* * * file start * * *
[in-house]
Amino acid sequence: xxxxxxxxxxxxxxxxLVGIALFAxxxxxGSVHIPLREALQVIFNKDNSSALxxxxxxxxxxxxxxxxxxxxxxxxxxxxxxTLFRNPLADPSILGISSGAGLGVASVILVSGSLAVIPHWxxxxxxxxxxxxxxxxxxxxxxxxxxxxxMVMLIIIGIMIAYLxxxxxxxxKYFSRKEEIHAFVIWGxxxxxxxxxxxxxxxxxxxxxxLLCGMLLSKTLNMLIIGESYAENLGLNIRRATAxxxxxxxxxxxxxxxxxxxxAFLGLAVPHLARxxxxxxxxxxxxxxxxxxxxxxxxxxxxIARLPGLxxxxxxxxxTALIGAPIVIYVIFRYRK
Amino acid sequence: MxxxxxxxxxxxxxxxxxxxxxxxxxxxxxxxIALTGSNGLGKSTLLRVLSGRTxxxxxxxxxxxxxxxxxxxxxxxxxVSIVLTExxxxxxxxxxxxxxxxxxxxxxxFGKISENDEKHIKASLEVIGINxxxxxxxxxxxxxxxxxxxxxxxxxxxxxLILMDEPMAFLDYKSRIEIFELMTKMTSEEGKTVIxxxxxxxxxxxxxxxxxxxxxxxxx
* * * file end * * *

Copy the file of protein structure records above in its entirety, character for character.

[in-house]
Amino acid sequence: xxxxxxxxxxxxxxxxLVGIALFAxxxxxGSVHIPLREALQVIFNKDNSSALxxxxxxxxxxxxxxxxxxxxxxxxxxxxxxTLFRNPLADPSILGISSGAGLGVASVILVSGSLAVIPHWxxxxxxxxxxxxxxxxxxxxxxxxxxxxxMVMLIIIGIMIAYLxxxxxxxxKYFSRKEEIHAFVIWGxxxxxxxxxxxxxxxxxxxxxxLLCGMLLSKTLNMLIIGESYAENLGLNIRRATAxxxxxxxxxxxxxxxxxxxxAFLGLAVPHLARxxxxxxxxxxxxxxxxxxxxxxxxxxxxIARLPGLxxxxxxxxxTALIGAPIVIYVIFRYRK
Amino acid sequence: MxxxxxxxxxxxxxxxxxxxxxxxxxxxxxxxIALTGSNGLGKSTLLRVLSGRTxxxxxxxxxxxxxxxxxxxxxxxxxVSIVLTExxxxxxxxxxxxxxxxxxxxxxxFGKISENDEKHIKASLEVIGINxxxxxxxxxxxxxxxxxxxxxxxxxxxxxLILMDEPMAFLDYKSRIEIFELMTKMTSEEGKTVIxxxxxxxxxxxxxxxxxxxxxxxxx